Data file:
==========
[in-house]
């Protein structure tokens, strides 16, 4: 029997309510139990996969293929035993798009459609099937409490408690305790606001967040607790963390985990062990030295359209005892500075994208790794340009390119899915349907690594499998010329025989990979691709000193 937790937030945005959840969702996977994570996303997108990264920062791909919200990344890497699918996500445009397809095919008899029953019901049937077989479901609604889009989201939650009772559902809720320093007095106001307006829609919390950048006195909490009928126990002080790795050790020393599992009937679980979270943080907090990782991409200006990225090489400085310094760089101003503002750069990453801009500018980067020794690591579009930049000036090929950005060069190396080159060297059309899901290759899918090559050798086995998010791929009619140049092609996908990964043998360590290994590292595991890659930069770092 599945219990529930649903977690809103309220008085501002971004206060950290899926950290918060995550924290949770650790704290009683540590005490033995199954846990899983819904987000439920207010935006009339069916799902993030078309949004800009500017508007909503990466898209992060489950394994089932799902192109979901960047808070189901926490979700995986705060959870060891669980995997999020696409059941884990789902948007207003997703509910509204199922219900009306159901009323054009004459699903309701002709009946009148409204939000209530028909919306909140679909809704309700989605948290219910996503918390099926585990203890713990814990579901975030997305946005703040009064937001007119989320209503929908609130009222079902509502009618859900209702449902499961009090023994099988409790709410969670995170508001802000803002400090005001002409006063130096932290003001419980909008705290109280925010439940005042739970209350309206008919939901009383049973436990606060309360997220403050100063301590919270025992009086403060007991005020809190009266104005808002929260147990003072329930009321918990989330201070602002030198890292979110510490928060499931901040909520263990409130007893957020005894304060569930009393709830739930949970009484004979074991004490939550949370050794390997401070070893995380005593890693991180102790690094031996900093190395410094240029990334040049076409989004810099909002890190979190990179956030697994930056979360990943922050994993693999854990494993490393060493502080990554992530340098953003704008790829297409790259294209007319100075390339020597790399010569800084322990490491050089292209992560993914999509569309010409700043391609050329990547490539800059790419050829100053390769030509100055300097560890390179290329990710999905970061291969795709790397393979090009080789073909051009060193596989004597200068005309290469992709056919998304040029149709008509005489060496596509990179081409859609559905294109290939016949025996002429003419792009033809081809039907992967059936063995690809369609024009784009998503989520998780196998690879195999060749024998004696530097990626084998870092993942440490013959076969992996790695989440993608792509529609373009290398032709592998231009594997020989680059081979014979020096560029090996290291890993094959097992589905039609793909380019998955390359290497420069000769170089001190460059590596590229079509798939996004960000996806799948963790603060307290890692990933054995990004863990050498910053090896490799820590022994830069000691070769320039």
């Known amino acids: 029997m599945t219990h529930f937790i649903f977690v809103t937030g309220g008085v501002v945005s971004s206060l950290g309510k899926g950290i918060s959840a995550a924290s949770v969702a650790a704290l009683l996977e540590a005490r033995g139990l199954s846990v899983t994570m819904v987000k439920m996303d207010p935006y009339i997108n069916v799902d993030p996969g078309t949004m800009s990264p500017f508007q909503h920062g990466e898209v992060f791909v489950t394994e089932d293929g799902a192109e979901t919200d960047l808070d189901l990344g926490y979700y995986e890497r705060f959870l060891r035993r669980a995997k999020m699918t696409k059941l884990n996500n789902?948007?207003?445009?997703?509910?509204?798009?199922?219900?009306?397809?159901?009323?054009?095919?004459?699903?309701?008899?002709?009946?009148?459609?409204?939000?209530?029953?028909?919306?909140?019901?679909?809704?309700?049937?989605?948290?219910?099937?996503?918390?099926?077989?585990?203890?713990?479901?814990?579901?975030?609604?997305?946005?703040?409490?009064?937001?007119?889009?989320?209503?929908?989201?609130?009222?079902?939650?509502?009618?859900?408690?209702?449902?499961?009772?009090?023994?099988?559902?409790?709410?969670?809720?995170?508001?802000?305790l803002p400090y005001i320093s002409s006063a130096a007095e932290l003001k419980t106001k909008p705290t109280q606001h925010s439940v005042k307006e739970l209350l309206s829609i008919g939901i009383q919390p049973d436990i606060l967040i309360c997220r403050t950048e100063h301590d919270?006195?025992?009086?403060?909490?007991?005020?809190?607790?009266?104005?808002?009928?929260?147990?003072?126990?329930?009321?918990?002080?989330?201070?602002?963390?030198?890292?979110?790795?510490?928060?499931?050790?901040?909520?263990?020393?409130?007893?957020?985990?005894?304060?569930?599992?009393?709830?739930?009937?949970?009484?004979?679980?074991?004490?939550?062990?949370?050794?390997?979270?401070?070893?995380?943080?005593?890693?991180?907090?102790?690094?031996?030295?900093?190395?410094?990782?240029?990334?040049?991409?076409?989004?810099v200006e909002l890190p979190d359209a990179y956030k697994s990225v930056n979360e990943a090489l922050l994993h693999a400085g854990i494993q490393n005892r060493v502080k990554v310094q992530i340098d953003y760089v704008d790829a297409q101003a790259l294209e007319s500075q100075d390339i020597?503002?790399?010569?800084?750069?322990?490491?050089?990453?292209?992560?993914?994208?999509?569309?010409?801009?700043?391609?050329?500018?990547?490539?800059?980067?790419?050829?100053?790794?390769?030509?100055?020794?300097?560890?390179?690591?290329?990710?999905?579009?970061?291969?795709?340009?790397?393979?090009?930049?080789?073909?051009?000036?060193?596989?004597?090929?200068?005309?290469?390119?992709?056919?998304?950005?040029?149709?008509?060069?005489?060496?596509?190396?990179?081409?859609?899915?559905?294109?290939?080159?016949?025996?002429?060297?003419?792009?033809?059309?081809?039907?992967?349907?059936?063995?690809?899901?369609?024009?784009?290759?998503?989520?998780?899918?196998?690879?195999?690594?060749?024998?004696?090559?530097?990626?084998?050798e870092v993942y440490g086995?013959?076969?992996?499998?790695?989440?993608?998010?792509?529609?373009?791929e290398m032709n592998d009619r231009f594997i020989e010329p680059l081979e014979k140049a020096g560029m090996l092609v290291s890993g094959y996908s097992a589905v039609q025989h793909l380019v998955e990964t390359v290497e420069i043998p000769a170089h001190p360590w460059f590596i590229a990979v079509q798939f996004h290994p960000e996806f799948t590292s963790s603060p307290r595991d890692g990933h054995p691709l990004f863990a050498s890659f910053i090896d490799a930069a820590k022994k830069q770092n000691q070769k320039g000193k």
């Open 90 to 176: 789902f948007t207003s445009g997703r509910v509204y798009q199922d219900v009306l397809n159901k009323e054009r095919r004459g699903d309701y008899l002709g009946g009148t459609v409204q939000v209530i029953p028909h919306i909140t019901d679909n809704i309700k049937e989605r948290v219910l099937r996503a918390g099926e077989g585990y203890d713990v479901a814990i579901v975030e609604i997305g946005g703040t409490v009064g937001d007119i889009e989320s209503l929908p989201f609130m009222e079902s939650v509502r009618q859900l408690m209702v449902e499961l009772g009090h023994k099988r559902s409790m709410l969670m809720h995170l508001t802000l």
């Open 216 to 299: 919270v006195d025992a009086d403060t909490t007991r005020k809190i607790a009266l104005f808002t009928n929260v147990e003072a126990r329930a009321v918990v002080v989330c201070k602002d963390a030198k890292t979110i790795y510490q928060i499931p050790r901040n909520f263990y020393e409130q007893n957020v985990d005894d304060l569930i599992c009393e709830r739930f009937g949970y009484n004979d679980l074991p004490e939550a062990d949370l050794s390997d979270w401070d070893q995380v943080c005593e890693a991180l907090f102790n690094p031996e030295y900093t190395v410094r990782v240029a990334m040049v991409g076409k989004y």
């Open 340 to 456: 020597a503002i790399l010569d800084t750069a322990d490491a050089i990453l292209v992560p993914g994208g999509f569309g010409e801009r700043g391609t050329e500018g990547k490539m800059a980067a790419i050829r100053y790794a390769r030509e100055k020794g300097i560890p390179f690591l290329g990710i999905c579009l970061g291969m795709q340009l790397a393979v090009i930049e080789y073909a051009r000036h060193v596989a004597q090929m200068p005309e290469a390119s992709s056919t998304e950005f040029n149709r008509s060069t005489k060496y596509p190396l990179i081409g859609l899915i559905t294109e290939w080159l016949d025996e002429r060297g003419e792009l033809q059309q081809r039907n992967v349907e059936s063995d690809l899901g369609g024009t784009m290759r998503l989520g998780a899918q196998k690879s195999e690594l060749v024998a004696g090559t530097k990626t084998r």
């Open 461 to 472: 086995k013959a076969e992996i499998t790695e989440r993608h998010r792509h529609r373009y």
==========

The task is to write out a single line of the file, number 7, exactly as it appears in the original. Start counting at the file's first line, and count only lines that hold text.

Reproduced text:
């Open 461 to 472: 086995k013959a076969e992996i499998t790695e989440r993608h998010r792509h529609r373009y």